Traditions and a Brown Butter Apple Tart

two tarts 2 625 sqTraditions. All families have them. Those little rituals passed down from generation to generation that help shape your family by creating a sense of interconnectedness, you know, that warm fuzzy feeling that makes you appreciate being a part of this clan. Traditions can help create memories that fill your mind with laughter, love and joy. Hopefully your family has multiple positive traditions and not too many of the negative ones, that sadly get passed from generation to generation, like the ancient family recipe for guilt and passive-aggressive bullying!

Almost every summer my siblings, their spouses and kids and my mom descend upon us at the cottage for the Labour Day weekend. About eight years ago my youngest sister and brother and I were swimming in the lake and the next thing we knew, we had swum from our cottage to a little island in the middle of our lake, and back again, about a 2 kilometer swim. No one can really remember how the decision to swim this little marathon came about, but we have repeated the swim every summer since then. Lest you think we are elite athletes or something like that, let me assure you we swim the entire way with head-up breaststroke. None of us likes putting our heads in the water. So we talk and laugh, and cough the entire way there and back. My husband insists I wear a waist belt that has a little swimmers safety flag attached to it so that boats can see me and not run me over. He loves me dearly, I guess!the swimmersOver the years, various other family members have joined us and in 2009, my then 9 year old niece did the swim for her very first time! She is part mermaid. Last year my brother’s new wife joined us for the first time and we almost had to boot her out of the club when she started doing a proper crawl stroke and actually got her head wet. This summer she is 7 months pregnant, so we excused her. My brother made up some baseball hamstring injury excuse so he did not join us either. My 14 year old nephew completed the swim for the first time this summer and we were all very thrilled about that.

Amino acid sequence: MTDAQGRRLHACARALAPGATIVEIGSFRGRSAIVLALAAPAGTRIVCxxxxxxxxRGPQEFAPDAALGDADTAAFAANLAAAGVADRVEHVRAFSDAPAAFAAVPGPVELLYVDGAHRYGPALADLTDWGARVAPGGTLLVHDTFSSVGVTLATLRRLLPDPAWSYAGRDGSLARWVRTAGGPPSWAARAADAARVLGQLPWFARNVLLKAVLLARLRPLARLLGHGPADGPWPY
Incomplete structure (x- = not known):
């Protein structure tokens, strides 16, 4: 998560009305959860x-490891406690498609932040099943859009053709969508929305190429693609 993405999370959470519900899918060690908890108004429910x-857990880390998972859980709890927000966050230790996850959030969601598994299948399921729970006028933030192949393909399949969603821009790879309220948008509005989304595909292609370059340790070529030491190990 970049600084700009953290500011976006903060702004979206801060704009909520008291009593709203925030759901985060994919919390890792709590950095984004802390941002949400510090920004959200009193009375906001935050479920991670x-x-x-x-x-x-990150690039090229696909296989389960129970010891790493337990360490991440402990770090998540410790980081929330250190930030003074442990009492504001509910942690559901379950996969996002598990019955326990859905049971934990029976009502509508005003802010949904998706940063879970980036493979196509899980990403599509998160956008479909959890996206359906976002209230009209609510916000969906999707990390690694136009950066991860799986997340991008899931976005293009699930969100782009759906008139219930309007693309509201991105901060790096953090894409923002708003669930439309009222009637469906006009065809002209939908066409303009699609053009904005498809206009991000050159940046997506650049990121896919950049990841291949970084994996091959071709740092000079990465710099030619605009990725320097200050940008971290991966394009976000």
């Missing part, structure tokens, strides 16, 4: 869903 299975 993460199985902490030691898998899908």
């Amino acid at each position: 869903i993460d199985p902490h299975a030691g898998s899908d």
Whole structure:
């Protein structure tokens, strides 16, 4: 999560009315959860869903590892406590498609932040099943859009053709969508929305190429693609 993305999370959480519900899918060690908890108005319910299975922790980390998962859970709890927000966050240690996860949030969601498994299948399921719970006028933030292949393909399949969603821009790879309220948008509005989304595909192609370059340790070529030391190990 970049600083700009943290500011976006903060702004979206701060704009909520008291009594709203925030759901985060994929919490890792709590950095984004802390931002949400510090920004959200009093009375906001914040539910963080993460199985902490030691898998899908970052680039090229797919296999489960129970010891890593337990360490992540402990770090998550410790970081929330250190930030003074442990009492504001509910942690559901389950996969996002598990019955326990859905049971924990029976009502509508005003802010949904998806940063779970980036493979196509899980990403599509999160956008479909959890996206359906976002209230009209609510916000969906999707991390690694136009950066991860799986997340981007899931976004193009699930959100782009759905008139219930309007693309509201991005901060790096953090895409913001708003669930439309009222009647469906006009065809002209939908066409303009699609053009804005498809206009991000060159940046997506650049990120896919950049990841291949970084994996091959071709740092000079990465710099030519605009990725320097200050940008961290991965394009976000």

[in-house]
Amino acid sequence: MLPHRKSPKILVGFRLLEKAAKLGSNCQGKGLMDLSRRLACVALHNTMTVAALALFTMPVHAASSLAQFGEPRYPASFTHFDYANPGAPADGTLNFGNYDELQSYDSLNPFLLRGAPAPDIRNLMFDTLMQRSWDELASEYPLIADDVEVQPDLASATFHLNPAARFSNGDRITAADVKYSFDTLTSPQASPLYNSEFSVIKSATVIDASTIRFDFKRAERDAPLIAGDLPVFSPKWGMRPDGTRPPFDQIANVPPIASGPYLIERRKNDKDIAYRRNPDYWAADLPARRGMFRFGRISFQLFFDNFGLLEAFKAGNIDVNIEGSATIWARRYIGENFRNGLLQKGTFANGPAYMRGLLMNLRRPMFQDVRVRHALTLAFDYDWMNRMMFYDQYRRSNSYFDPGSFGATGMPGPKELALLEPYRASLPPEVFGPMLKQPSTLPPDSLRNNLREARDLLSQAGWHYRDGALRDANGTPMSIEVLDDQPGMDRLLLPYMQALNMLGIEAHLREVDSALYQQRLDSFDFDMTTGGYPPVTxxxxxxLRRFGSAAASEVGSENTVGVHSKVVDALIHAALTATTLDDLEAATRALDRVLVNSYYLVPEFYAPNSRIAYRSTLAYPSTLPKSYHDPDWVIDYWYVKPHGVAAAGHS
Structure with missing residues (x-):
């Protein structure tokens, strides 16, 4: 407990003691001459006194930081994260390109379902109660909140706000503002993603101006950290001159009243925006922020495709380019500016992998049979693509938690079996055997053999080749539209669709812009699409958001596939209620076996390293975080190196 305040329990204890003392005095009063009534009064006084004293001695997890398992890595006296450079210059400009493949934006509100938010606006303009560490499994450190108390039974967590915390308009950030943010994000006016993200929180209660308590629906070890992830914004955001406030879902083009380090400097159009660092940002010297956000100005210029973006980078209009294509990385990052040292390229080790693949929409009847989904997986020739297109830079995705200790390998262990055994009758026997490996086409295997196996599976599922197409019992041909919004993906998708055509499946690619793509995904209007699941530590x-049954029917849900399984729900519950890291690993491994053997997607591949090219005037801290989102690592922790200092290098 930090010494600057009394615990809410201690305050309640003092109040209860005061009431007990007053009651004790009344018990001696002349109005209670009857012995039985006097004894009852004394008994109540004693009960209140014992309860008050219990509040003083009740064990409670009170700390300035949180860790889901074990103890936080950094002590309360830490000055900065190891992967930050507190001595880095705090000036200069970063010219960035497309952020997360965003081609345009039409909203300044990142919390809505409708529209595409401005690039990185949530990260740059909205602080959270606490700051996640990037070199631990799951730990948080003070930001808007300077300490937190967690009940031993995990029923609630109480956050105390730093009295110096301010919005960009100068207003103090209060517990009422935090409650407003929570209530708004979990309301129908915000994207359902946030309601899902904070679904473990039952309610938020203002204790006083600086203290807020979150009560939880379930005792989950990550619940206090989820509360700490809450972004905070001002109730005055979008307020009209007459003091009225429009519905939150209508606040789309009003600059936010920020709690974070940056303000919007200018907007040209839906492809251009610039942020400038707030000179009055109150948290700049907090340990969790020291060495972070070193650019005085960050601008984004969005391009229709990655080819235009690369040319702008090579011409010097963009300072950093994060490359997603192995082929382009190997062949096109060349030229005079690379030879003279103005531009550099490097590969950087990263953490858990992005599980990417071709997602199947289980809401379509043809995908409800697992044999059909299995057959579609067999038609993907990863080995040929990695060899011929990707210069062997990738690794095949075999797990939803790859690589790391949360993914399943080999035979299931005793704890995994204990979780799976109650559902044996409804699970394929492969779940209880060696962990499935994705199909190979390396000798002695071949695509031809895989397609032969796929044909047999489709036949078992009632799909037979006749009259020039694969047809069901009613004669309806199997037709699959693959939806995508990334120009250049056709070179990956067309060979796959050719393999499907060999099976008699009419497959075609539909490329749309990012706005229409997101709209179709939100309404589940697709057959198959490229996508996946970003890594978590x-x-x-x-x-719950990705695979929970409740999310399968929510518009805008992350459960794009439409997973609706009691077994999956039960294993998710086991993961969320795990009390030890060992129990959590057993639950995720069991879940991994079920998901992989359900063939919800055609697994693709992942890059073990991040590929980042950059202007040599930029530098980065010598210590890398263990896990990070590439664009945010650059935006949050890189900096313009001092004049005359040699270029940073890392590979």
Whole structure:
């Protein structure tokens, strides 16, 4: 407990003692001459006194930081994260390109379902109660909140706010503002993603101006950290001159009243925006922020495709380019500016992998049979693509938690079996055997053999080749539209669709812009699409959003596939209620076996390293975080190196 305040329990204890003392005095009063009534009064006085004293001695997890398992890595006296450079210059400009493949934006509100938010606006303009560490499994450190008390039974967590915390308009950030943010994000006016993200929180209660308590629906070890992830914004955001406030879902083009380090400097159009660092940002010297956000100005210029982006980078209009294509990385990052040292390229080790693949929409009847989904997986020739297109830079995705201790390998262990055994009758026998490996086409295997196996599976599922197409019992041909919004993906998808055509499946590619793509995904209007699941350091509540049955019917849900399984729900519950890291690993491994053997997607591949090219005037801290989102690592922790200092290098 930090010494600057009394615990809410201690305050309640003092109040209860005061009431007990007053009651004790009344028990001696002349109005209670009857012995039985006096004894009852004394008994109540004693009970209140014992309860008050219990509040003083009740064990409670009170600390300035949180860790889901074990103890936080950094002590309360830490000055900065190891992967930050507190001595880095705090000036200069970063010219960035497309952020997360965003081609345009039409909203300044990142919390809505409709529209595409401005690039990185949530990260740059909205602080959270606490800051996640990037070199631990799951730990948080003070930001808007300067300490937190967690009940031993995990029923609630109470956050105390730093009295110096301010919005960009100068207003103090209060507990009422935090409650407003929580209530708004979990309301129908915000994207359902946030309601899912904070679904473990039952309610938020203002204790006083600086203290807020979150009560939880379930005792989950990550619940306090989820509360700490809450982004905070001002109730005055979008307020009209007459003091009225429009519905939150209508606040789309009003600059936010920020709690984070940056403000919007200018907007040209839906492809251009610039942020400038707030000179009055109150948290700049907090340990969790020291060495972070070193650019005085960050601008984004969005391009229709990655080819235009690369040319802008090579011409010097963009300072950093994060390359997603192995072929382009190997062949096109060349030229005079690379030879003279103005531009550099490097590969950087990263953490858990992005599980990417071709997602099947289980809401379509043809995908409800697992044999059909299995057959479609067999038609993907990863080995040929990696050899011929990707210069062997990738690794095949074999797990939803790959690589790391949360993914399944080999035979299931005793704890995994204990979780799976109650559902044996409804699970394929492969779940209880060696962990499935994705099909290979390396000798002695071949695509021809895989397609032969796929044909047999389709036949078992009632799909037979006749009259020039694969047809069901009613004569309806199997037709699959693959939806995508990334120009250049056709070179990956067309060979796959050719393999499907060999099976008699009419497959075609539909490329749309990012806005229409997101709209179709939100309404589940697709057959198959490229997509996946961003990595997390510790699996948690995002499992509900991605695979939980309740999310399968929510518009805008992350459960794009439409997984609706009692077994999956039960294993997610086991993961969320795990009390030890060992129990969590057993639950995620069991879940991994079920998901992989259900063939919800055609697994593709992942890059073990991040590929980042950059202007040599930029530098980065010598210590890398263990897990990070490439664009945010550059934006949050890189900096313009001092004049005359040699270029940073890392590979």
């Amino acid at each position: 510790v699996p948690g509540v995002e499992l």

I have one brother-in-law that is known for his competitive nature. The first year he joined us for the swim, he was upset that my sister and I were swimming faster than he was. He claimed that it was his swim trunks that were slowing him down. Apparently they were not very aerodynamic as they kept filling up with water. Being the keen competitor he is, he removed the swim trunks, and swam commando. We made him promise to never do that again! Every third year, my cousin Lewis joins us, and he has come to treasure this new tradition, as well as the Double Coconut Granola and yogurt breakfast that awaits him when he is done. In addition to my little safety flag, we always have a canoe alongside us just in case someone gets too tired. This year my brother-in-law Guy got coerced into the role of spotter.